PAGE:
Conclusion: you might want to keep your idea close to you if you are small and need to get a big headstart but you want to tell everyone that ideas don’t matter if you’re a VC or an experienced entrepreneur able to quickly assemble a team and start working on an idea you “found.”

Most people don’t have the experience of getting a good idea nobody ever had

There’s a common adage that “ideas are cheap.” We strongly disagree.

Empirically, all our aspiring founder friends are desperate for startup ideas, with few managing to land on something worthwhile, and all our scientist friends are desperate for research ideas.

Despite us all wanting the world to be fair, meaning that hard work (execution) is the explanation we tend to gravitate towards naturally, having good new ideas that nobody’s ever had is actually very hard, is never guaranteed, and benefits from:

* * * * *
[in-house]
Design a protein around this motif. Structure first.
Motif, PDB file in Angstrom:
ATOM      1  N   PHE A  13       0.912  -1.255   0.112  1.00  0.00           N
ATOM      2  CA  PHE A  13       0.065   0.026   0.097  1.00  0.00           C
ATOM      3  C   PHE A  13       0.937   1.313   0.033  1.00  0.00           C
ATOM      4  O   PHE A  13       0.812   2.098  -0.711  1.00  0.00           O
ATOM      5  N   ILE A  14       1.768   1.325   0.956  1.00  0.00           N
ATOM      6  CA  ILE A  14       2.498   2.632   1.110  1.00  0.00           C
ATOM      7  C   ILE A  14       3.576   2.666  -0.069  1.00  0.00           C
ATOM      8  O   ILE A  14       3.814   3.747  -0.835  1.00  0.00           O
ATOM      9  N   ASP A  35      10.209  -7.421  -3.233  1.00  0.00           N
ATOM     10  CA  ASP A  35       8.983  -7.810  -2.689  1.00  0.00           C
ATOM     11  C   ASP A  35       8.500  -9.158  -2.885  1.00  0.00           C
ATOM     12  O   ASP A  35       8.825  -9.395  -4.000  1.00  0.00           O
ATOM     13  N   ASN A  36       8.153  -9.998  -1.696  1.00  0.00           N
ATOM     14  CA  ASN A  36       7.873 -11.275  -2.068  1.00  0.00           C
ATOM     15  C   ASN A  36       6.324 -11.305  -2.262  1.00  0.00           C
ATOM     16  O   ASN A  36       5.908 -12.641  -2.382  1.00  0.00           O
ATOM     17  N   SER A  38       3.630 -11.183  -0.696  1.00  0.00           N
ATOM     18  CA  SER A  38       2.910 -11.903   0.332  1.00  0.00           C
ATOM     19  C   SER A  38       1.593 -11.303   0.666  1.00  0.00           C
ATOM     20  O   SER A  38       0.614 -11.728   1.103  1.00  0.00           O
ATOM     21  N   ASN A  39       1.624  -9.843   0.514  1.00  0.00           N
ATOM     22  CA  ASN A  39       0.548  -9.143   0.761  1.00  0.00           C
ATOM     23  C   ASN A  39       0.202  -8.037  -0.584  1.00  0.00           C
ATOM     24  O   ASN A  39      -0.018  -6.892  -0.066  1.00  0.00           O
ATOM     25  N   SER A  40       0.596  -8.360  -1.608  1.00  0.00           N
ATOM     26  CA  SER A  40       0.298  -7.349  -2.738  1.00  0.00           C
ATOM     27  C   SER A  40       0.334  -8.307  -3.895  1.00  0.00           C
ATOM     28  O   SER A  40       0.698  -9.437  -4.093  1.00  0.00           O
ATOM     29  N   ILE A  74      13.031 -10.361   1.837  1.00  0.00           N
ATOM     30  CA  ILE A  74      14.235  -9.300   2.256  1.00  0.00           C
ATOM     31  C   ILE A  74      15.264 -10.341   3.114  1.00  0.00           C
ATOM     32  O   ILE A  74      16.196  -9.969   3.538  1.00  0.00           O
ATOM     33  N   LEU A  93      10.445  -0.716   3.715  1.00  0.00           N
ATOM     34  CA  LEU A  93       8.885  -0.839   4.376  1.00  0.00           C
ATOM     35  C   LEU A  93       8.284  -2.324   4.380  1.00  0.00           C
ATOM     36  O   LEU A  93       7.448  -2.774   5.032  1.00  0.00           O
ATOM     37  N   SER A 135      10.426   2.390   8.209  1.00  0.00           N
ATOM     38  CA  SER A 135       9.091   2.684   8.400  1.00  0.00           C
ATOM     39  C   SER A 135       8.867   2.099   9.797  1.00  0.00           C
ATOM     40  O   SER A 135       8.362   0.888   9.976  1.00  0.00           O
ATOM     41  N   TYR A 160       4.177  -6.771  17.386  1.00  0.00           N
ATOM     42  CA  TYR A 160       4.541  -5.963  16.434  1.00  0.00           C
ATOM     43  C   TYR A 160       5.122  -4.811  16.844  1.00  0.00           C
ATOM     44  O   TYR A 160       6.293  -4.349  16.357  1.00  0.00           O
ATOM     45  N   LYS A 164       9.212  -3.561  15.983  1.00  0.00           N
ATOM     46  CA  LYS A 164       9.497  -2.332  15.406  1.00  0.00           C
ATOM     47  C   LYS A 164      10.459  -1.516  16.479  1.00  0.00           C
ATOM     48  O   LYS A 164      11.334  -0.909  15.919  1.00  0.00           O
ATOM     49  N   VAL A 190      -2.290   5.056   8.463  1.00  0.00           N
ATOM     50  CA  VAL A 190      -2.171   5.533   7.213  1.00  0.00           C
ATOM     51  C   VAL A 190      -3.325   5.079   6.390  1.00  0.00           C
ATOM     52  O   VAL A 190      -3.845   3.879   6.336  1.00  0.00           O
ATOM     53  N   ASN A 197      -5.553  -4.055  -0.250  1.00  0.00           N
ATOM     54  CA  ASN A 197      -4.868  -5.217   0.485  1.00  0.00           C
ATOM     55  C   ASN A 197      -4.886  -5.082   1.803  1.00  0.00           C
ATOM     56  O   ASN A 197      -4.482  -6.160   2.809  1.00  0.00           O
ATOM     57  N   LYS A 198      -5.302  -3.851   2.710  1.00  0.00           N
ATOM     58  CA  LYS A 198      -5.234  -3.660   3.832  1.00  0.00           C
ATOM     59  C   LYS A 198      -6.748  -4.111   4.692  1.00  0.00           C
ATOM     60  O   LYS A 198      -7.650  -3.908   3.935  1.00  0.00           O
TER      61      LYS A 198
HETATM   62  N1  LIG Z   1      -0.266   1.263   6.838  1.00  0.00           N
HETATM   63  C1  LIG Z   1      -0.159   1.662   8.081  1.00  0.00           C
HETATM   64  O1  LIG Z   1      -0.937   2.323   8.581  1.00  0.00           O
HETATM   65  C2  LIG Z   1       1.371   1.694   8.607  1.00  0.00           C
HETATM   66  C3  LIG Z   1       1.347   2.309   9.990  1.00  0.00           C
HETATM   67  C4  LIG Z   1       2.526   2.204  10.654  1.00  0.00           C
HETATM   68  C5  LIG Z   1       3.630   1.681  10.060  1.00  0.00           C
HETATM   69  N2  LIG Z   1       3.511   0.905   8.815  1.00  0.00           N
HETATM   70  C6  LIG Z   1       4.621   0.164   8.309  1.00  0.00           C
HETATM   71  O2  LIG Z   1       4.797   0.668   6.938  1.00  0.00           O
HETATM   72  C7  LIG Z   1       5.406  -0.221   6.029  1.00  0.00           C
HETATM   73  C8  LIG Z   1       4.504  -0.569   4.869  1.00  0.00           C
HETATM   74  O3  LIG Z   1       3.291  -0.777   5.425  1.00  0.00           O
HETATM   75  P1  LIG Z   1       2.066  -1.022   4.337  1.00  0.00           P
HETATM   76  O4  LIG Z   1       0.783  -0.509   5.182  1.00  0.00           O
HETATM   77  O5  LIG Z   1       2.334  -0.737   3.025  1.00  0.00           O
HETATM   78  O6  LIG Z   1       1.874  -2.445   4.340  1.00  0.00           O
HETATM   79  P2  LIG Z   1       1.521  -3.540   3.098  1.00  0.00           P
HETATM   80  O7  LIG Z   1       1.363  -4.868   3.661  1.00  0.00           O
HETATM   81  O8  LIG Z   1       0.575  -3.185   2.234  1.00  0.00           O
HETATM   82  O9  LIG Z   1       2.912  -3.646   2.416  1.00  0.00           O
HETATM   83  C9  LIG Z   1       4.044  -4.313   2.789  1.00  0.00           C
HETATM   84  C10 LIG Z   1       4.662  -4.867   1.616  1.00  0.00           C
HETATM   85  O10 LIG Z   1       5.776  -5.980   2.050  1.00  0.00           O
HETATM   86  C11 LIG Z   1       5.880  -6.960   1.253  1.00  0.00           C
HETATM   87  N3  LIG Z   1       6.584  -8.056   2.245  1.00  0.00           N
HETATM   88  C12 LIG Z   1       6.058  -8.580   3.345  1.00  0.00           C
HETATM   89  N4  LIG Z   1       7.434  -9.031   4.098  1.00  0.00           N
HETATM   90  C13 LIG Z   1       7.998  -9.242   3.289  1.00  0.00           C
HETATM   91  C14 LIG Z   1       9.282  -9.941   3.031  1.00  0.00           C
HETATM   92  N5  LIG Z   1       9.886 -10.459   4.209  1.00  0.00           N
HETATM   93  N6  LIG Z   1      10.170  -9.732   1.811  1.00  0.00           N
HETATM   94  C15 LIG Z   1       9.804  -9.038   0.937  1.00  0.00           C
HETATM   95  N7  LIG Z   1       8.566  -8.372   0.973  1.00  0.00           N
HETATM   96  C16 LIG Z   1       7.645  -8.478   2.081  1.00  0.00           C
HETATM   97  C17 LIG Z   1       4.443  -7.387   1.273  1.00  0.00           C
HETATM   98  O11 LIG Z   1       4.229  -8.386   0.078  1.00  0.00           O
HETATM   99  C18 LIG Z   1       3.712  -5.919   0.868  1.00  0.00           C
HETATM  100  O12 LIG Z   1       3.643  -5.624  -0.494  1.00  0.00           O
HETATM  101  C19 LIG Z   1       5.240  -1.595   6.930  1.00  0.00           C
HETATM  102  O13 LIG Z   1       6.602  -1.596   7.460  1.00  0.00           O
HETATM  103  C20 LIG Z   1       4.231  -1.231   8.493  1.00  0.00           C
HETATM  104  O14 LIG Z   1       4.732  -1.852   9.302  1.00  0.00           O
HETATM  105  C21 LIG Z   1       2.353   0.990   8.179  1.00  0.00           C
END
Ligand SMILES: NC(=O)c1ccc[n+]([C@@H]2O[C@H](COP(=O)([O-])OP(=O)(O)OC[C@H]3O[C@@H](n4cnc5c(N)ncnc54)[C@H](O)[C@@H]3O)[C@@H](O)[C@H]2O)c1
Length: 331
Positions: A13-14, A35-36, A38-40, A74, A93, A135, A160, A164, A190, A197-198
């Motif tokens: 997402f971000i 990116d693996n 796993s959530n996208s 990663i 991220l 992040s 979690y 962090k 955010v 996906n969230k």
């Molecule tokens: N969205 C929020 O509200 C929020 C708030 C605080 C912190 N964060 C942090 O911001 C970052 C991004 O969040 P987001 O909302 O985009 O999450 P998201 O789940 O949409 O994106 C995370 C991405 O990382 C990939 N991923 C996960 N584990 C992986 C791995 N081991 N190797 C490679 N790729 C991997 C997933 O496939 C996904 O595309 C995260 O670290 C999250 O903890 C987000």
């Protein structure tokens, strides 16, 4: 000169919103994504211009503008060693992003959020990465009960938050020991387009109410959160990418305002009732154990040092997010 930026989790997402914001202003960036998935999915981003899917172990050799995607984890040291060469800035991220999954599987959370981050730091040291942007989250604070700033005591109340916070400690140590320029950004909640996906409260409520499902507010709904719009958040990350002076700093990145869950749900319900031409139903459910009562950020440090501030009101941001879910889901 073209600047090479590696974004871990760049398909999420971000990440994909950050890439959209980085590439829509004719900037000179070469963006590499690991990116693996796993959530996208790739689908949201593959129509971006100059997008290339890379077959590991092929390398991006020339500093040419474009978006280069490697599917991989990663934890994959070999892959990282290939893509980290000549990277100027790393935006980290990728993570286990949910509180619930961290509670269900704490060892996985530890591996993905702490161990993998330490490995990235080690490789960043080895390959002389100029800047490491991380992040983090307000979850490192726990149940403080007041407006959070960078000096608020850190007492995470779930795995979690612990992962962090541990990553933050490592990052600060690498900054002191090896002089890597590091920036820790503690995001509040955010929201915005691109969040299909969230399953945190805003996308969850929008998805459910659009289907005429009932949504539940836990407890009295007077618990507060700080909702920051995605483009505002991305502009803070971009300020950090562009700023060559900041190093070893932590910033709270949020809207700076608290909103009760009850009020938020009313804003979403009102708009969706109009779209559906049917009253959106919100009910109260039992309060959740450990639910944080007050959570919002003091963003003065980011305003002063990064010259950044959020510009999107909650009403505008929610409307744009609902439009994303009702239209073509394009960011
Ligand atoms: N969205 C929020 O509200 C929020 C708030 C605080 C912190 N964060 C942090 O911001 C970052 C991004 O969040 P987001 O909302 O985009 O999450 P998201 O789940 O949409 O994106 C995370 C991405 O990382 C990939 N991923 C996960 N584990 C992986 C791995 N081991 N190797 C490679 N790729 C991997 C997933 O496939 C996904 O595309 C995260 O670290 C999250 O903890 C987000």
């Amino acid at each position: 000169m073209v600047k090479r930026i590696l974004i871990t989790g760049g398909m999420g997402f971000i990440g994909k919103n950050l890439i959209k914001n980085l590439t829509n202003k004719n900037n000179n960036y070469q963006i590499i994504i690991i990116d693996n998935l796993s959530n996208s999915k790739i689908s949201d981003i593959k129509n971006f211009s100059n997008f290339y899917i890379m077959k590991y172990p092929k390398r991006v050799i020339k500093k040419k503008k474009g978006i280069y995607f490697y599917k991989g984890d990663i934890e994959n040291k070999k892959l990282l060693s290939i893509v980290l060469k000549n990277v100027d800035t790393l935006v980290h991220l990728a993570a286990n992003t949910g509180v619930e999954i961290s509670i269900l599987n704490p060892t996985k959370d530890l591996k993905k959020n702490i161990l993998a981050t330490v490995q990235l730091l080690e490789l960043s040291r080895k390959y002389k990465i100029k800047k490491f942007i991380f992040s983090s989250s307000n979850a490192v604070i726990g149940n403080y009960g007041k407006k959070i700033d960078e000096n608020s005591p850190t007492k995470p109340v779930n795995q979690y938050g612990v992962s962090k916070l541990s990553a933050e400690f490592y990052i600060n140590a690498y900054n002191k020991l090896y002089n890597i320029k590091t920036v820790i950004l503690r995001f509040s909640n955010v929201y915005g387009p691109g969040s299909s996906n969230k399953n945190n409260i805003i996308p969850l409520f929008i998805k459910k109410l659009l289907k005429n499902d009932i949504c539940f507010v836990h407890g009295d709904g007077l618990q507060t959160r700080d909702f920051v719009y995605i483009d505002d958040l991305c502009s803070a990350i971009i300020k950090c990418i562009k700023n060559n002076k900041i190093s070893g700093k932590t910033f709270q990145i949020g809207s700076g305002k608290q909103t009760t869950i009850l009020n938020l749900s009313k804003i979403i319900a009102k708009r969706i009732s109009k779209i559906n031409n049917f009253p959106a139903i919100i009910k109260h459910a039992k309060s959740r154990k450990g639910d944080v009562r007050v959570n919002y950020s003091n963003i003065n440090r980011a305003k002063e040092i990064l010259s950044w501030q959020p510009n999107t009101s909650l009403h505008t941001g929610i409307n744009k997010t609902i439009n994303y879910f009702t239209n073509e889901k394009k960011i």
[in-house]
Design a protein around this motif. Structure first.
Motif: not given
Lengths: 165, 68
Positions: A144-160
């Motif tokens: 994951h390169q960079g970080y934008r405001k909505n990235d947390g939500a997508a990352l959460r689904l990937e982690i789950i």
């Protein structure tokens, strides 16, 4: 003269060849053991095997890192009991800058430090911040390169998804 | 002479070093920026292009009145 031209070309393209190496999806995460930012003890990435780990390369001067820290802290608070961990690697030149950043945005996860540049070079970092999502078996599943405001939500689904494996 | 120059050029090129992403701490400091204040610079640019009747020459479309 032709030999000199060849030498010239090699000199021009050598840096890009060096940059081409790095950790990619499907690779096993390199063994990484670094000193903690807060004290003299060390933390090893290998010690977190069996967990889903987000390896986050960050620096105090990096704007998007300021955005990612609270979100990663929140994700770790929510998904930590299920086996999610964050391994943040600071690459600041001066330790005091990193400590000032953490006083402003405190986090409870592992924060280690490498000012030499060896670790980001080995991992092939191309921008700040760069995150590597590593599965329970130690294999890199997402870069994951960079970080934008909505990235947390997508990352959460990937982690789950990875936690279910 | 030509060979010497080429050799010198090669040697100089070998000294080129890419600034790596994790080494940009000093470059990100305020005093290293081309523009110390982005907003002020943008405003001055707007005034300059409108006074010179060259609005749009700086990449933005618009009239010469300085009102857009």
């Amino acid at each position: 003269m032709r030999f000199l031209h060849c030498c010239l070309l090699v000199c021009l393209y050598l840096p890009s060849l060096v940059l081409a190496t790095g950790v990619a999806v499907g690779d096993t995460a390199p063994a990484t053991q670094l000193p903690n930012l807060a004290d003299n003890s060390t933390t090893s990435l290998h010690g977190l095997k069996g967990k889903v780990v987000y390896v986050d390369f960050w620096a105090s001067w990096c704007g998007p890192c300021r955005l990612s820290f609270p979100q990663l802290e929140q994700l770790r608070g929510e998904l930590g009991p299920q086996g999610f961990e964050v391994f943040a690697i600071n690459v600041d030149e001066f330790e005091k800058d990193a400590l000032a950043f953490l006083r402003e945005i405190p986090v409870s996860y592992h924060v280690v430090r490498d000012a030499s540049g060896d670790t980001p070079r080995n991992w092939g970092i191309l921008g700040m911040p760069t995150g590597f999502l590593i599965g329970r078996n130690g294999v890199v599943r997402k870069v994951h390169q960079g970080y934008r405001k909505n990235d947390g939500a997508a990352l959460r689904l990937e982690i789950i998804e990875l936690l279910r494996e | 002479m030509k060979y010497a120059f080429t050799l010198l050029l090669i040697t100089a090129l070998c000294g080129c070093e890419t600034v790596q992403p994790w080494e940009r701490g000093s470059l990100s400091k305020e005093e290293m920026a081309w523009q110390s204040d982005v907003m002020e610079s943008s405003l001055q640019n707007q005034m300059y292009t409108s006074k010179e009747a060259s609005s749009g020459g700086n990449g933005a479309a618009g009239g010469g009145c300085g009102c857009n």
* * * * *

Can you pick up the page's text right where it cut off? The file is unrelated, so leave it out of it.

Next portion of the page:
1. Knowledge
  2. Intelligence
  3. Non-conformity
  4. Time to think
  5. Criticism of your ideas

Part of the challenge is that these characteristics are partly in tension with each other. On one hand, developing knowledge clearly benefits from intelligence. But, developing knowledge and being in a position to have time to think both often require learning and succeeding in some institutional context, which can encourage conformity. Learning what other people have thought takes time, which can subtract from spending time generating one’s own ideas. Non-conformity requires ignoring consensus opinions but having your ideas criticized requires listening to people.

You have to enjoy the feeling of insight from having new ideas, but then resign yourself to not coming up with and getting distracted by new ideas until you execute on the existing ones. You have to be highly intelligent and have a thirst for knowledge but not get distracted by insight porn on the internet. You have to be conscientious enough to continue pushing when things inevitably stop being effortless. You have to conform enough to be willing to learn what people have already discovered and accept criticism of your ideas but not conform so much that you squash your creativity or abandon promising ideas prematurely. You have to preserve your time to think in the short term while succeeding enough to stay “in the game.”